Every fisherman who has pushed his way through willow thickets along a stream has noticed the smooth, round red-and-green swellings on the leaves of this tree. At first glance these might be mistaken for brilliantly colored fruits hanging from the branches, but closer examination reveals the fact that the swellings have been formed directly from the tissue of the leaf. An abnormal warty growth of this type is known as a gall, and may be likened to a cancerous growth in human tissue caused by local irritation. An individual willow leaf usually bears but one or two galls, although occasionally as many as eight are found, and there may be several dozen infested leaves on a single bush. The average diameter of a full-grown gall is one-half inch, rising about equally above the lower and upper surfaces of the leaf. Young galls are green in color, later turning to bright red.
As remarkable as the outer appearance of the gall is the fact that each forms a one-room chamber housing the larva of an insect. Hatching from an egg buried in the tissue of the leaf, a small, white, worm-like larva starts to feed and grow in size. The irritation due to the rasping of the larva, or perhaps to some chemical secretion causes the leaf to grow scar tissue around the spot, eventually resulting in a round, firm nodule containing a hollow in which the larva continues to feed until mature. The larva may be easily seen by slicing off a section of the gall with a knife. In addition to protection from the drying heat of the sun, the insect finds food and oxygen in its narrow cell and continues to thrive undisturbed until ready to pupate.
When mid-summer arrives, each larva tunnels out of its cell into the light of day, leaving a telltale opening on the gall and a small pile of fine, brown pellet-like castings within. After dropping to the soil underneath the willow tree it burrows just beneath the ground debris and fashions a new kind of chamber in the form of a thin, parchment-like brown capsule about the diameter of a match stick and a quarter-inch long. Here the transformation occurs from the larva to the adult. The adult sawfly resembles roughly an ordinary housefly in shape and size, having a robust, shining black body with brownish markings. Tho termed a "fly" it actually belongs to the order of bees, wasps, and ants (Hymenoptera) and is distinguished by four wings instead. of the two of typical flies, as well as by its sharp saw-toothed ovipositor useful in placing eggs in the center of a leaf. Eggs are laid in the spring when the leaves of the willow are growing actively and furnish ample food for the developing larva.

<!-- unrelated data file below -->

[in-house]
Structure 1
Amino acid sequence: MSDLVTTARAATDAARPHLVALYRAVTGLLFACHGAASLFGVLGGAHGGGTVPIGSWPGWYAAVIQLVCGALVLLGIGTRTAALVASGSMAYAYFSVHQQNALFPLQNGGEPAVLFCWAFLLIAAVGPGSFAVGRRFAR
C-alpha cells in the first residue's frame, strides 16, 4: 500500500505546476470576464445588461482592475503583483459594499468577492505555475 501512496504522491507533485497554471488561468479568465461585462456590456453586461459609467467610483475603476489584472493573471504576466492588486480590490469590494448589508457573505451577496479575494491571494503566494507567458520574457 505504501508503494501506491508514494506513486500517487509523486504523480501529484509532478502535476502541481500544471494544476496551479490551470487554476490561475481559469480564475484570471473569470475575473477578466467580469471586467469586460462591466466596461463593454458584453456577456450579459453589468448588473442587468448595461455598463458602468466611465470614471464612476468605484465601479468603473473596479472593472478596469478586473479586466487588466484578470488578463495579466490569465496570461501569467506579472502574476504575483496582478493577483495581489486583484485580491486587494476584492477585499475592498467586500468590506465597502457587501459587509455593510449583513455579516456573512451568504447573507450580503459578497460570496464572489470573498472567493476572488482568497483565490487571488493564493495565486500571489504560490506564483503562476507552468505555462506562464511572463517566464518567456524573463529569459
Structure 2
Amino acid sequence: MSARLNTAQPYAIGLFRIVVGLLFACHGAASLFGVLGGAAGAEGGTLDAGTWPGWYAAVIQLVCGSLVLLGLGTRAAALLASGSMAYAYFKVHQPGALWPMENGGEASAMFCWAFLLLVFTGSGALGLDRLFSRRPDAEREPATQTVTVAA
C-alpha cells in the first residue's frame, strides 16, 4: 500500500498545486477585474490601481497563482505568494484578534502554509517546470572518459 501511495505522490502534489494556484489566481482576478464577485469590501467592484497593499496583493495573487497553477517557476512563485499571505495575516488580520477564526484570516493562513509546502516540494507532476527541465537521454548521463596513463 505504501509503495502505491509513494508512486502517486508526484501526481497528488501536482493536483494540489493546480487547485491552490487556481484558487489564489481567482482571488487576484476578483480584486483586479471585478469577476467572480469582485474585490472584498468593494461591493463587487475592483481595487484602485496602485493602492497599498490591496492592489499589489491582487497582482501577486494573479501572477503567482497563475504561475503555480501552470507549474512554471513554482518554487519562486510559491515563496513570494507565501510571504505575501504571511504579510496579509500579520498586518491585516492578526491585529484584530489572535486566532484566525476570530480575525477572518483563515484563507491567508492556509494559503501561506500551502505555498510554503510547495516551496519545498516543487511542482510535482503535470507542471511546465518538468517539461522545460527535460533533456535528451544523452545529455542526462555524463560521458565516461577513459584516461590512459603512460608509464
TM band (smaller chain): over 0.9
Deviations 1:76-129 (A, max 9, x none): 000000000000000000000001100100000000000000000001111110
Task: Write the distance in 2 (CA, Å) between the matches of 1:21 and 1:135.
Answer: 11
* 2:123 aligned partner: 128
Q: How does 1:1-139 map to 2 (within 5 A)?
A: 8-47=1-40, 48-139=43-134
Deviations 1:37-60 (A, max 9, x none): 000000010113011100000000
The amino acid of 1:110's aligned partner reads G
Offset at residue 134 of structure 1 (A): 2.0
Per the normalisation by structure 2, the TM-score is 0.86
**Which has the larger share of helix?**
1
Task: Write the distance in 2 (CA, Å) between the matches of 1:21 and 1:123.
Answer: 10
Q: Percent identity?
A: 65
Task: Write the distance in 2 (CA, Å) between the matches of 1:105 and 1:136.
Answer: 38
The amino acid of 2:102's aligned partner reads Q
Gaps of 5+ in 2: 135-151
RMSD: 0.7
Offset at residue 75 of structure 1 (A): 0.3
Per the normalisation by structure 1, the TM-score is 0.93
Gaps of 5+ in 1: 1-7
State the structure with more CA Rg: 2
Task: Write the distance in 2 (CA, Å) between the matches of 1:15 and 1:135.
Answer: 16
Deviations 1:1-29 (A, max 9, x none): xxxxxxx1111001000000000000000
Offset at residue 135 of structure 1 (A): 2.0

Although willow leaf galls are observed year after year they occur on a shrub of little economic value and are consequently not classed as serious pests. The sawfly responsible for the damage is probably held in check by other insect neighbors of parasitic habits, rather than by a lack of food supply. As curiosities of the amazing insect world, though, willow galls will always hold interest for those who hike along tho river trails about the lower slopes of the Mountain.
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